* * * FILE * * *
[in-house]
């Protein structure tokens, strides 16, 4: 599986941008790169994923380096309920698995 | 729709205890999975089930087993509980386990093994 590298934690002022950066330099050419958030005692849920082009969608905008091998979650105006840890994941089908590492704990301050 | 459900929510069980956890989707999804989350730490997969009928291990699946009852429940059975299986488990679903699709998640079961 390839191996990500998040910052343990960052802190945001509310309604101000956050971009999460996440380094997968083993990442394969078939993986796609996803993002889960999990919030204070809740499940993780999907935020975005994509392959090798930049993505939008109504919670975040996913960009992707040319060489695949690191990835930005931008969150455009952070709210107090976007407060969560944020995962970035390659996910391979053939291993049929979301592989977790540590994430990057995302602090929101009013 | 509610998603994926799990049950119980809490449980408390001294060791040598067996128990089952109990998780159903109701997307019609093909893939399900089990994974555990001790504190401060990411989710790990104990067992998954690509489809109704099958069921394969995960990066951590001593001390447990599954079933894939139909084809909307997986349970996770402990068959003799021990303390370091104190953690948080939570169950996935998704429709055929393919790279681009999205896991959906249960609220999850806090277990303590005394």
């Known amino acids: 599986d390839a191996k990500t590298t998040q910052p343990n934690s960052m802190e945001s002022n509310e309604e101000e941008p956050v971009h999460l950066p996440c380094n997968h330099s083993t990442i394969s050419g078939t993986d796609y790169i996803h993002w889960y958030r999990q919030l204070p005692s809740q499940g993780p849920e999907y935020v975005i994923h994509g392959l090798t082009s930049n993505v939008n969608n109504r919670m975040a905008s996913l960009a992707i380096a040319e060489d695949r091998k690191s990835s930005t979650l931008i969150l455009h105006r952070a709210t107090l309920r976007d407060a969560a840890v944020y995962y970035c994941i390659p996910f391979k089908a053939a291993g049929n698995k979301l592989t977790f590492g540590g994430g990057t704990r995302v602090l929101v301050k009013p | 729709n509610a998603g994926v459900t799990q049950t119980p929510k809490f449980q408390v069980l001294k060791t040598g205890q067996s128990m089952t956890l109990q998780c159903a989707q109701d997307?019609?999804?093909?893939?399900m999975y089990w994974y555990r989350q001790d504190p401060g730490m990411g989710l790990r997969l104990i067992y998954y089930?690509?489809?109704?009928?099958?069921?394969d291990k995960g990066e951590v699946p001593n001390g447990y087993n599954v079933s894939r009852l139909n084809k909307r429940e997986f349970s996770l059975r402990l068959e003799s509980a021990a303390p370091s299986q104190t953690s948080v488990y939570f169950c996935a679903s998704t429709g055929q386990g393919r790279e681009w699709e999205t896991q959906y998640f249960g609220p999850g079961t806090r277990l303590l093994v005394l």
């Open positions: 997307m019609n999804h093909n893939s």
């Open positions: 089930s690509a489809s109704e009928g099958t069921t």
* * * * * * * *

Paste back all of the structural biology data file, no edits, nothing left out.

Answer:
[in-house]
């Protein structure tokens, strides 16, 4: 599986941008790169994923380096309920698995 | 729709205890999975089930087993509980386990093994 590298934690002022950066330099050419958030005692849920082009969608905008091998979650105006840890994941089908590492704990301050 | 459900929510069980956890989707999804989350730490997969009928291990699946009852429940059975299986488990679903699709998640079961 390839191996990500998040910052343990960052802190945001509310309604101000956050971009999460996440380094997968083993990442394969078939993986796609996803993002889960999990919030204070809740499940993780999907935020975005994509392959090798930049993505939008109504919670975040996913960009992707040319060489695949690191990835930005931008969150455009952070709210107090976007407060969560944020995962970035390659996910391979053939291993049929979301592989977790540590994430990057995302602090929101009013 | 509610998603994926799990049950119980809490449980408390001294060791040598067996128990089952109990998780159903109701997307019609093909893939399900089990994974555990001790504190401060990411989710790990104990067992998954690509489809109704099958069921394969995960990066951590001593001390447990599954079933894939139909084809909307997986349970996770402990068959003799021990303390370091104190953690948080939570169950996935998704429709055929393919790279681009999205896991959906249960609220999850806090277990303590005394």
């Known amino acids: 599986d390839a191996k990500t590298t998040q910052p343990n934690s960052m802190e945001s002022n509310e309604e101000e941008p956050v971009h999460l950066p996440c380094n997968h330099s083993t990442i394969s050419g078939t993986d796609y790169i996803h993002w889960y958030r999990q919030l204070p005692s809740q499940g993780p849920e999907y935020v975005i994923h994509g392959l090798t082009s930049n993505v939008n969608n109504r919670m975040a905008s996913l960009a992707i380096a040319e060489d695949r091998k690191s990835s930005t979650l931008i969150l455009h105006r952070a709210t107090l309920r976007d407060a969560a840890v944020y995962y970035c994941i390659p996910f391979k089908a053939a291993g049929n698995k979301l592989t977790f590492g540590g994430g990057t704990r995302v602090l929101v301050k009013p | 729709n509610a998603g994926v459900t799990q049950t119980p929510k809490f449980q408390v069980l001294k060791t040598g205890q067996s128990m089952t956890l109990q998780c159903a989707q109701d997307?019609?999804?093909?893939?399900m999975y089990w994974y555990r989350q001790d504190p401060g730490m990411g989710l790990r997969l104990i067992y998954y089930?690509?489809?109704?009928?099958?069921?394969d291990k995960g990066e951590v699946p001593n001390g447990y087993n599954v079933s894939r009852l139909n084809k909307r429940e997986f349970s996770l059975r402990l068959e003799s509980a021990a303390p370091s299986q104190t953690s948080v488990y939570f169950c996935a679903s998704t429709g055929q386990g393919r790279e681009w699709e999205t896991q959906y998640f249960g609220p999850g079961t806090r277990l303590l093994v005394l």
């Open positions: 997307m019609n999804h093909n893939s």
């Open positions: 089930s690509a489809s109704e009928g099958t069921t």